The MakingFun team. Photo taken in Bueno Aires, Argentina on October 24th, 2013.

My Experience From Working With Remote Teams

Retaining engineering talents have become more of a challenge in Silicon Valley. While the big players in tech have the dollars to compete for top talents, the little guys have been searching outside its realm. In the past five years, I have had the opportunity to manage a team of engineers outside the states and launched half dozen of products. It has been a rewarding experience because it taught me a handful of valuable lessons to successful management. In this article, I will share the two vital components that elevates the level of efficiency and productivity of your remote teams.

Manage Communication. Communicate Effectively.

First, excellent communication is an imperative ingredient to grab your team’s attention and focus. Having a remote team, communication often becomes a challenge because information gets lost in translation at times. Sure, there are great instant messaging tools such as Skype, HipChat and Google Hangout, but they quickly become unusable when the conversation is flooded with lines of messages. I often find myself discombobulated with the massive lines of messages flowing in, while I spent majority of my time reading through each messages to keep myself updated. The same problem applies to e-mail notifications. At one point, I received hundreds of JIRA and Github notifications a day given I was a watcher on every tickets and repos and it became unmanageable.

However, this experience enlightened me on the principle of communication. Team communication needs to be managed in order to be effective. It needs to have a standardized protocol for delivering information to each other. Otherwise, information can and will get lost. In my previous roles at various companies, there are guidelines we follow such as:

  1. Any features, bugs or tasks related discussion must happen in the project tracker. This provides a historical record for the others as reference in the future if necessary.
  2. Use chat clients such as Skype or Google Hangout for voice and video conferencing. During work hours, everyone is required to log in as it specifics your availability.
  3. Move any lengthy discussion to a private room with the appropriate parties. This way the main chatroom isn’t filled with lines of messages which are not relevant to the others.
  4. Use e-mail to send out meeting recap and actionable items. Since no one wants to read a tedious email, the content should be direct and precise.

Once these guidelines are in place and people started following them, our external and internal teams communicated much more effectively and the conversations were more well organized.

Build Rapport. Learn Their Culture.

Secondly, building a relationship with your team is an important touch-point to help you connect with them beyond a manager/employee level. It often becomes a challenge with remote teams since there is limited face-time with one another. In my opinion, the best way to build a strong bond with your team starts with a personal meeting. This means setting aside time and making personal appearances when necessary. Making trips to meet your remote team displays control and order. Needless to say, it resolves potential miscommunication and conflict by finding better ways to interact with one another earlier on.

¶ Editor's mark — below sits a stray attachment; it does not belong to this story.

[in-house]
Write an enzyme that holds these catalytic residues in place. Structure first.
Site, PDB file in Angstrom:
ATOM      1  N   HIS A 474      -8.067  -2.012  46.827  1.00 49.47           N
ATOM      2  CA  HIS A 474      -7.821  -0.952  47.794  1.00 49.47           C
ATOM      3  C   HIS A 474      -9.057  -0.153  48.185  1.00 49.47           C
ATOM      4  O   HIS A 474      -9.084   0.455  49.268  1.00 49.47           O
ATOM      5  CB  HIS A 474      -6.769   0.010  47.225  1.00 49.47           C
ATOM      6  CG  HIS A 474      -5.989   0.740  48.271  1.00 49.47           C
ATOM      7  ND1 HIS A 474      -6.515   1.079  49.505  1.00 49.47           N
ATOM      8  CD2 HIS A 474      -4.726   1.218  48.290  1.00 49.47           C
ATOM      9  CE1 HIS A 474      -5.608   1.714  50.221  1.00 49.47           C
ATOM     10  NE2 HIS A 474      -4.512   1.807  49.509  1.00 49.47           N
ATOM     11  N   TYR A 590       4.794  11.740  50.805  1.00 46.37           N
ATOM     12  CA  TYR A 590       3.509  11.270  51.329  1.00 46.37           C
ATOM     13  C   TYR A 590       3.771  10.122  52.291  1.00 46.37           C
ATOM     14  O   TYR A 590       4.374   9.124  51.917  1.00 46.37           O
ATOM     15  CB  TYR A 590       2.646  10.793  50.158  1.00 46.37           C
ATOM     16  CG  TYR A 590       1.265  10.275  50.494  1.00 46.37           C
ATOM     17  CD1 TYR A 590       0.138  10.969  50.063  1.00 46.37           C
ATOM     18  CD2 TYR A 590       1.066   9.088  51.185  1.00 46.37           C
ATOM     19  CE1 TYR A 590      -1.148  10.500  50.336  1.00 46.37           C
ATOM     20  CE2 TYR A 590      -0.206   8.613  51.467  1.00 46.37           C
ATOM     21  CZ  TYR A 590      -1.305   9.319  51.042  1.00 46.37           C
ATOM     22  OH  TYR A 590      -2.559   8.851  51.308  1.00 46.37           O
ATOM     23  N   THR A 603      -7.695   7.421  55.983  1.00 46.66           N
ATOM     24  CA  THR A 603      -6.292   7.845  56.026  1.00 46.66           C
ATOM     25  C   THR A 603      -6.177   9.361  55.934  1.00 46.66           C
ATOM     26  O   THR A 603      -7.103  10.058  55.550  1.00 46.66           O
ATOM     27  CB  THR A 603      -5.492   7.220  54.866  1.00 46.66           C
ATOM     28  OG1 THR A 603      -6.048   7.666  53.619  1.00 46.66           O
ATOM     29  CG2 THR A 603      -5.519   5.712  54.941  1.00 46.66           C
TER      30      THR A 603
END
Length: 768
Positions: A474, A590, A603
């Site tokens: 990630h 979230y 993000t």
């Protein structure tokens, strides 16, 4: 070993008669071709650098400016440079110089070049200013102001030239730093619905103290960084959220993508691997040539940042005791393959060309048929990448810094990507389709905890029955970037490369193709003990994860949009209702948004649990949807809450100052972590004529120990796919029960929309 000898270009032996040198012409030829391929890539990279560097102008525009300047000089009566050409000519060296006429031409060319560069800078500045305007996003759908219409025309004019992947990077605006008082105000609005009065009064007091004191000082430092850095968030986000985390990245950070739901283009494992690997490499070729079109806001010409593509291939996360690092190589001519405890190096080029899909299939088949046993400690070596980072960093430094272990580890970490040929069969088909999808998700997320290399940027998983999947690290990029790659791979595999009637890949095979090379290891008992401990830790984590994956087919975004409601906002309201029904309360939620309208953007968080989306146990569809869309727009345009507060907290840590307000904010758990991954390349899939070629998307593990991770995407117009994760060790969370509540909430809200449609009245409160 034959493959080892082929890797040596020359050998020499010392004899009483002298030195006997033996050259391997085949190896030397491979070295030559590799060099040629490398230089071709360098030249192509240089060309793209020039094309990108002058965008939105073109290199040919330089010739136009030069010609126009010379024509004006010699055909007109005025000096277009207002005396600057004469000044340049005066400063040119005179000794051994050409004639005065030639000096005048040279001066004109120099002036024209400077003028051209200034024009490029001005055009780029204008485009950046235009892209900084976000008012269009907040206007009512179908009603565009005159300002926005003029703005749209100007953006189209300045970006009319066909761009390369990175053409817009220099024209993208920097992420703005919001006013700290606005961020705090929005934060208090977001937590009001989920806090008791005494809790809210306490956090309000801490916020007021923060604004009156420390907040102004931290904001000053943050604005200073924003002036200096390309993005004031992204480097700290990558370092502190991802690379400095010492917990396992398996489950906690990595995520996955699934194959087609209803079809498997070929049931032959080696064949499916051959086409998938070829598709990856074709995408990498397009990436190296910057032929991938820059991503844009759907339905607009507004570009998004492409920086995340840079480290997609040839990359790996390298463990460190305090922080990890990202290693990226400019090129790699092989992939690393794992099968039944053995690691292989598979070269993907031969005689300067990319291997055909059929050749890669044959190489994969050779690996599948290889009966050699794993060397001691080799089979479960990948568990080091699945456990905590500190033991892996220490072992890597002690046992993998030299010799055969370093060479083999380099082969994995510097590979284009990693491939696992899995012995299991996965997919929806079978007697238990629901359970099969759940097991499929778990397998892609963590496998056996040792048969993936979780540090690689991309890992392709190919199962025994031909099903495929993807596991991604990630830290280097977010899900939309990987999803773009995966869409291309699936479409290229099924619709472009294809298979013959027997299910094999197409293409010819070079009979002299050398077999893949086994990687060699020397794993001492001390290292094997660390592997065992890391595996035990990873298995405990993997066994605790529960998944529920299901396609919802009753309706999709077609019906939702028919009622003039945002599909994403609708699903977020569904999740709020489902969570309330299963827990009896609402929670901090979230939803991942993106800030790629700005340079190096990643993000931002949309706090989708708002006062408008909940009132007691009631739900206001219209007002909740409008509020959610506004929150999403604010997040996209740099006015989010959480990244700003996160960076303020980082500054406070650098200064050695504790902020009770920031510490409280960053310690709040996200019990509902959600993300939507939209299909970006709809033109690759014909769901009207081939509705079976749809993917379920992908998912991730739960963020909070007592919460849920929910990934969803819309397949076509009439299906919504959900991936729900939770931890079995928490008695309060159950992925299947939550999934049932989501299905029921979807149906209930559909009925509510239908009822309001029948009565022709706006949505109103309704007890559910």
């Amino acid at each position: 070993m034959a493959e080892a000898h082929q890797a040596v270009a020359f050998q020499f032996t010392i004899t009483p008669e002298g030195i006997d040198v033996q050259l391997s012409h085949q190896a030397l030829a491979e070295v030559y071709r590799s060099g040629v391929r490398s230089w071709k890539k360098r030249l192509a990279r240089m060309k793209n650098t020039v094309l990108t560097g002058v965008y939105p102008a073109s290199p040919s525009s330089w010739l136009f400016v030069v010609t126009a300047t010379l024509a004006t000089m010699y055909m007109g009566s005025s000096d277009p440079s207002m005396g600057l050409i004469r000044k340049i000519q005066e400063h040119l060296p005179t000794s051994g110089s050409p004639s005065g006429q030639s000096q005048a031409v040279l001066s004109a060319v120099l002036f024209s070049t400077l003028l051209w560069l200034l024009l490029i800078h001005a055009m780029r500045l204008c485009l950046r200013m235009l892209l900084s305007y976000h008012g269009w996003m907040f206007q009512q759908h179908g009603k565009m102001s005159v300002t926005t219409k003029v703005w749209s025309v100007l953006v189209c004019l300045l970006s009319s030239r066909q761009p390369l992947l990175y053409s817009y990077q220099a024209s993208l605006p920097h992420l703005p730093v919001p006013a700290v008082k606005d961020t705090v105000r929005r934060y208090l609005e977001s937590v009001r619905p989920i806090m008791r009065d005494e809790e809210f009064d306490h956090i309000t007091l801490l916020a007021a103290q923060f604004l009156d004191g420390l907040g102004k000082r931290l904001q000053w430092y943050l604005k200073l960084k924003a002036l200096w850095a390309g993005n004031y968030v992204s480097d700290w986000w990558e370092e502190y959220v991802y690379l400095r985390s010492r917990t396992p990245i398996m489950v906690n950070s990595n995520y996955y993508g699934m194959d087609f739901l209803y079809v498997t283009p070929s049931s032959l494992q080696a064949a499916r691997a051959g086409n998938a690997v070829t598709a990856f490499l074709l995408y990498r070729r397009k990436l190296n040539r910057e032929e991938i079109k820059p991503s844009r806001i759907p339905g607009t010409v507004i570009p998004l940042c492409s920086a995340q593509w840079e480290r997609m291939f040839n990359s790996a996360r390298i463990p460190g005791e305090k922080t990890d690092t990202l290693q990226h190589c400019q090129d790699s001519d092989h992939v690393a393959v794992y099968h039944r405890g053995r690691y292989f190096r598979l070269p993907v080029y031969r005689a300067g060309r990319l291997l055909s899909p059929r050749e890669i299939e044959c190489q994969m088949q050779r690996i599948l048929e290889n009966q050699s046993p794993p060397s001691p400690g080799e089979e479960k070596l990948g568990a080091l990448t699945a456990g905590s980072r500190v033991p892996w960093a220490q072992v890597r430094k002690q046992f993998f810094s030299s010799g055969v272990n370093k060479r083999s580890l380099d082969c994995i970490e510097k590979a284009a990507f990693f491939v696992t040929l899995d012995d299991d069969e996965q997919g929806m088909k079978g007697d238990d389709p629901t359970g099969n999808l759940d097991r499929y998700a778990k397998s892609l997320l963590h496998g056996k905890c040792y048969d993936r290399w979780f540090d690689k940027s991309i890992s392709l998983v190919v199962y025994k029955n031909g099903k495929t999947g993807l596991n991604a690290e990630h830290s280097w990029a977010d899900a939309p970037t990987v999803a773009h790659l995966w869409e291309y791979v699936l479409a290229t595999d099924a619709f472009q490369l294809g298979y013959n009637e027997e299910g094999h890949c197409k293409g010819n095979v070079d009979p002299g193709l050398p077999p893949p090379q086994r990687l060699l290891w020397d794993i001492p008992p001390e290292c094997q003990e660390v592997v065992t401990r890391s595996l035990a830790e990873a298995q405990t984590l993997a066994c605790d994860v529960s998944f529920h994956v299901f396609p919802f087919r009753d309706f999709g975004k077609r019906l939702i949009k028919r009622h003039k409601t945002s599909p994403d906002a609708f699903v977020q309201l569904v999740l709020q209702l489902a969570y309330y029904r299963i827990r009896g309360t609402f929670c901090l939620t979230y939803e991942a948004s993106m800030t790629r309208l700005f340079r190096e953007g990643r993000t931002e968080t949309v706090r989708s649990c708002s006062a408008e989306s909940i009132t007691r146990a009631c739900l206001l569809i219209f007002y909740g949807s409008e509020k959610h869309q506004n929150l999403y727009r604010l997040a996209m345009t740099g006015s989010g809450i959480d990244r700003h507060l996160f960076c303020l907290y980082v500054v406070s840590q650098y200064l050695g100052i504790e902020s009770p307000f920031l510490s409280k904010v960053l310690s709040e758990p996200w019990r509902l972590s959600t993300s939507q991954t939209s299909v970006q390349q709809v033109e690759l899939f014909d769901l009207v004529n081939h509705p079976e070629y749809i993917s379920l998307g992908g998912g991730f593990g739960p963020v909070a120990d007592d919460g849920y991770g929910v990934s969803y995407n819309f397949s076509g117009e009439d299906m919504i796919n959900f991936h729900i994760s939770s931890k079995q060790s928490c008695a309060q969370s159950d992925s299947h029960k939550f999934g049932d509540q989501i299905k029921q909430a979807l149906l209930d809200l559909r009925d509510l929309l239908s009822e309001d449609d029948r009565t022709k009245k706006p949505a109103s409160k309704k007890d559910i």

In addition, I find that understanding the team culture is equally important. Teams from different countries may have a different working culture and office environment than us. For example, employees in Asia maybe less incline to voice their opinions when disagreement arises. Doubting a colleague’s opinion who is at a higher hierarchy can signify disrespect to the individual in the Asian culture. In other countries like Argentina and Uruguay, it is common to have an empty office until late the in morning because people stay awake during the night. Moreover, decisions are often made at the top, which means mid-level employees may not take request seriously from someone with the same or lower rank. Understanding these nuances is crucial because it articulates your teams’ culture and how they operate. In return, you create a better management process and efficient workflow.

Geo-location, time zones and language differences have always been a challenge when it comes to working with remote teams. But overtime, I learn that the keys to overcoming these obstacles come from building better relationships and communicating more effectively with your team. The result benefits a company greatly because remote team can reduce operational cost, create a longer operation hours and a greater accessibility to a pool of talents. These are commodities every startups in Silicon Valley dream of. At last, having a remote team also gives me a chance to travel more to learn about one’s culture and become a well-rounded individual in this cultivated world of ours.


Special thanks to Sophia Su and Martin Repetto for reading the drafts.

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